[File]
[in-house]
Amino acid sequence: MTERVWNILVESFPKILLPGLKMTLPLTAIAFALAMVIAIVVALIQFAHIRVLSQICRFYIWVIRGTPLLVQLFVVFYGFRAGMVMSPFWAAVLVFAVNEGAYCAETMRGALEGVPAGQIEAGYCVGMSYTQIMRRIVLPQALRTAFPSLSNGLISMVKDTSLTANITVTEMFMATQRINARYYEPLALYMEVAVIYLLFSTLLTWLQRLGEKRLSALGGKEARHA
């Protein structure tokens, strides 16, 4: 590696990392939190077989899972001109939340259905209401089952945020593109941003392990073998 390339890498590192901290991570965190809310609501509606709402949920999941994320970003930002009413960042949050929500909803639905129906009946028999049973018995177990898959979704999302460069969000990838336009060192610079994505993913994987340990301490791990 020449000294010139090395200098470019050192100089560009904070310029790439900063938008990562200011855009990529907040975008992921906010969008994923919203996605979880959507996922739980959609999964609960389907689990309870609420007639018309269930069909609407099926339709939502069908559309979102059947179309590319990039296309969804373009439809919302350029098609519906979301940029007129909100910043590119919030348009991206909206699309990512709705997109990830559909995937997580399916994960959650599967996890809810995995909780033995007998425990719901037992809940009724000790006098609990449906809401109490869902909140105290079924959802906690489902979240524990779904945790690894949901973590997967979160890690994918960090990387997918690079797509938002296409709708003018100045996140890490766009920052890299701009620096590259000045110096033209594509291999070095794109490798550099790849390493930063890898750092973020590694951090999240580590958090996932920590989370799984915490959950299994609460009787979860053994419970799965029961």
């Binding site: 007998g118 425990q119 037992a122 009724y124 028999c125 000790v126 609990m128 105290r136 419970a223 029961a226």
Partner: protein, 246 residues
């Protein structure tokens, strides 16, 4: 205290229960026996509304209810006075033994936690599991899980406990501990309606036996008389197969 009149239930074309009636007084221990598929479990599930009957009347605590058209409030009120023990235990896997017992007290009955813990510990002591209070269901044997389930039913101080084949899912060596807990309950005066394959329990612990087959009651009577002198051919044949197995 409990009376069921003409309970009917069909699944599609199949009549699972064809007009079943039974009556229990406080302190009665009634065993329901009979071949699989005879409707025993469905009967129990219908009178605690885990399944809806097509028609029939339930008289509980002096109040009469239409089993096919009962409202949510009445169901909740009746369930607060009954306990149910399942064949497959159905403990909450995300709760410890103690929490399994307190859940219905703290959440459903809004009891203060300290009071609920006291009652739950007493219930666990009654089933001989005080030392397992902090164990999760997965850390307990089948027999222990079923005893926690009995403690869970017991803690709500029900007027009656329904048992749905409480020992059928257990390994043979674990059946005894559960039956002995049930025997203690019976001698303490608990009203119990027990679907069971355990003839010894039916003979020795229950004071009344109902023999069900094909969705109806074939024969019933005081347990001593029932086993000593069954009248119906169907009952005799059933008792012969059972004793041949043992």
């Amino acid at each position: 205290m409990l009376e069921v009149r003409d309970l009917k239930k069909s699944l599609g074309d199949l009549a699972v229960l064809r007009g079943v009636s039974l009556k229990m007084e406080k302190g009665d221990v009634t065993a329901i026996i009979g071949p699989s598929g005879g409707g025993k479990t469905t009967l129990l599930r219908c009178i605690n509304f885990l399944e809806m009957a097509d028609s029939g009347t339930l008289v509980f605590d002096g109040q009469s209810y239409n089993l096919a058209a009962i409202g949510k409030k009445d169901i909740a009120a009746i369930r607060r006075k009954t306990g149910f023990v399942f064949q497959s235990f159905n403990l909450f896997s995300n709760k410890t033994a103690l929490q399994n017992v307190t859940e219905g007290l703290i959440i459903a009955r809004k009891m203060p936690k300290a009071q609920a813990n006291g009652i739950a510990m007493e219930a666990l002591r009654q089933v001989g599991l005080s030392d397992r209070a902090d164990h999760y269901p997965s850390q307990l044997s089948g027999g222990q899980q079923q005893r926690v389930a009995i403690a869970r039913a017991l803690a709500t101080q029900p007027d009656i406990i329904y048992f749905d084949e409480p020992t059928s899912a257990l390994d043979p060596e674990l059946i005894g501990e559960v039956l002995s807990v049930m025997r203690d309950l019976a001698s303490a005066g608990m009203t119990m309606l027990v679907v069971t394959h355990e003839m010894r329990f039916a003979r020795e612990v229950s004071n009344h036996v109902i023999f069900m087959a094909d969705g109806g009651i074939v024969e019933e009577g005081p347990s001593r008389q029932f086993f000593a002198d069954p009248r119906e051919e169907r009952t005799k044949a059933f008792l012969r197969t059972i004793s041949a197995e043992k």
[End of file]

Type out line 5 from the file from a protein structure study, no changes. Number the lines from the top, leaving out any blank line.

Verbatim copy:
Partner: protein, 246 residues